(22) des meules sortent des flammes sortent des armes sortent des guerriers sortent des bateaux hérissés de lances comme des oursins (Histoire du Roi Freudi).

Most striking of all, in terms of postposition following spatiotemporal elements, is the fact that one type of structure is particularly frequent in a specific context, that is, ‘spatiotemporal element + vivre + subject’ at the beginning of the Orientation, as in examples such as (14). Borillo notes that in cases like this, although the spatial element is not necessarily already known in the discourse (as is normally the case for the ‘topic’), it is nonetheless ‘conventionnellement posé(e)’ (2006: 38) in stories. For Borillo, ‘la structure d’inversion locative a pour function d’introduire ou de ré-introduire une entité, de la mettre en scène en lui donnant comme cadre de présentation le lieu dans lequel elle se situe, dans lequel elle est visible, dans lequel elle vit, se manifeste etc. C’est cette entité qui, une fois introduite, a de grandes chances de devenir le topique dans le fragment de discours qui suit’ (2006: 38). In practice therefore, the subject in ‘focus’ position often becomes one of the protagonists of the story and the ‘topic’ of the subsequent section of discourse. This type of structure is, therefore, something of a convention in the conte: counterbalancing some evidence of productivity, there is also a formulaic dimension to certain examples of postposition, which would suggest that productivity may be limited.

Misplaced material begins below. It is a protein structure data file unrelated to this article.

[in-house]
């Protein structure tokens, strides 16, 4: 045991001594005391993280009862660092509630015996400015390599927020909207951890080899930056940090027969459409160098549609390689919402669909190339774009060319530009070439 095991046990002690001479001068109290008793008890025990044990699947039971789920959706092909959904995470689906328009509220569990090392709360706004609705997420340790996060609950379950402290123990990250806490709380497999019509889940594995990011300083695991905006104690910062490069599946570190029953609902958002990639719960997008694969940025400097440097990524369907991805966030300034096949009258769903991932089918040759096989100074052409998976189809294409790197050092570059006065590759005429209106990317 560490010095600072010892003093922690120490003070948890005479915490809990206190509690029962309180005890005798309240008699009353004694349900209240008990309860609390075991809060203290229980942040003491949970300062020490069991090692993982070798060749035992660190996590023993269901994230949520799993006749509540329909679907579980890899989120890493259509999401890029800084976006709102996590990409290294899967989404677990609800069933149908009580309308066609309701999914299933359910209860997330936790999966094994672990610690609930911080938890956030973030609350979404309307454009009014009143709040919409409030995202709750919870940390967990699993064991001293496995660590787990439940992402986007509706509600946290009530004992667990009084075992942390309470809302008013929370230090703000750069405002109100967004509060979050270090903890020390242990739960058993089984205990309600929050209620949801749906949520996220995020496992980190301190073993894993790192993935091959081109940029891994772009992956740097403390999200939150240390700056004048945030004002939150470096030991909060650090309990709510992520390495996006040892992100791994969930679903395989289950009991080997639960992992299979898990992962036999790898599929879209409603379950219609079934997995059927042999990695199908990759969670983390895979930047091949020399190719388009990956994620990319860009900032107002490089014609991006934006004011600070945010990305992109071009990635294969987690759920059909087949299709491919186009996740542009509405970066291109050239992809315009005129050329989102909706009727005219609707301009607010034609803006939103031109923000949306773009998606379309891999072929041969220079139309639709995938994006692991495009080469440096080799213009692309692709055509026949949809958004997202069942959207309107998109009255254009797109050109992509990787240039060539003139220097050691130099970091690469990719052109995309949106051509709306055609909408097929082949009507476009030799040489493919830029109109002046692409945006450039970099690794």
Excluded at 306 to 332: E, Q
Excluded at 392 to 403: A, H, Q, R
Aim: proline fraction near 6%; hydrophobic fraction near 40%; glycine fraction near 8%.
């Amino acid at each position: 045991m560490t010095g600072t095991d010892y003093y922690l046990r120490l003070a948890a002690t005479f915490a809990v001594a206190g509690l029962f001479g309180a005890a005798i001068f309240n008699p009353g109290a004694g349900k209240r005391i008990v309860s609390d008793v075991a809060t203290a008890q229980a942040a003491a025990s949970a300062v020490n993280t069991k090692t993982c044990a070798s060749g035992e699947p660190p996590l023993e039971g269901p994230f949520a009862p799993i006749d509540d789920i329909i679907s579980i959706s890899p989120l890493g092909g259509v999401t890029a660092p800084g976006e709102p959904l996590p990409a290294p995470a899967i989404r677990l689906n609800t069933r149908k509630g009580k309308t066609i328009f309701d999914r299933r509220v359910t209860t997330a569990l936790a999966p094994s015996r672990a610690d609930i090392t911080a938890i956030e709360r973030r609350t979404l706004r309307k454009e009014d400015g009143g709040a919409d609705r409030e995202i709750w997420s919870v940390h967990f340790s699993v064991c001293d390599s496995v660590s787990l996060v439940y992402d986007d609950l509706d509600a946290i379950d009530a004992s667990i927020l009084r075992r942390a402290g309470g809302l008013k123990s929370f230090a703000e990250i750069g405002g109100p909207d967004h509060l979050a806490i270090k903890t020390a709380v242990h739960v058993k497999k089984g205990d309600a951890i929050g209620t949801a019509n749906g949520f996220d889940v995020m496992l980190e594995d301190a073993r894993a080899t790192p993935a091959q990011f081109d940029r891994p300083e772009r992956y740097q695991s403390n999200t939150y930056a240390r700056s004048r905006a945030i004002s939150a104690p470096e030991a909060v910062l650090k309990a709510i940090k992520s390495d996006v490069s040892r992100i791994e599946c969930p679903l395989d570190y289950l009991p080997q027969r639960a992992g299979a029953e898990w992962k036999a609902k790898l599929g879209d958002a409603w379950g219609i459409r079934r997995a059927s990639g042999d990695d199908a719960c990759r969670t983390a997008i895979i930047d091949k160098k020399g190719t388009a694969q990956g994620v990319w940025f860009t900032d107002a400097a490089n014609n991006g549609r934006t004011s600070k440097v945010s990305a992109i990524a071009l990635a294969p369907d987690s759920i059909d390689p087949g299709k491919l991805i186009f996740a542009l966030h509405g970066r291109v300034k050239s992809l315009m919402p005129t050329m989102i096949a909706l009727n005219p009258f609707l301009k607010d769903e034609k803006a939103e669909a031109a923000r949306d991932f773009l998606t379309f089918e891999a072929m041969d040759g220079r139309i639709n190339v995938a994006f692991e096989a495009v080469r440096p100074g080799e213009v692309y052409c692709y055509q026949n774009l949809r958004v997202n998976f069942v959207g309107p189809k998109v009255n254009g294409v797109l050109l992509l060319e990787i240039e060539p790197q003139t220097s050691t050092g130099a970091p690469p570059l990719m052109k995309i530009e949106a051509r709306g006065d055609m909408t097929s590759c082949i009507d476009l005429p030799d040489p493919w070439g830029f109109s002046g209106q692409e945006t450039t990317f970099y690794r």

In terms of the other registers and media analysed, there are no examples of postposition in this context in the twenty conversational narratives taken from the mini-CRFP corpus, and only nine in Cappeau’s much larger CRFP conversational corpus. It can safely be concluded that the levels attested in new storytelling are indeed considerably higher than in conversation. There is only one example in the Aubrac corpus of traditional stories, a corpus where language is much less self-consciously performed and much less stylised than in new storytelling. Interestingly, there are also relatively few examples in the corpus of twenty published stories – only seven, all of which are of similar types to those in the new storytelling corpus, for instance: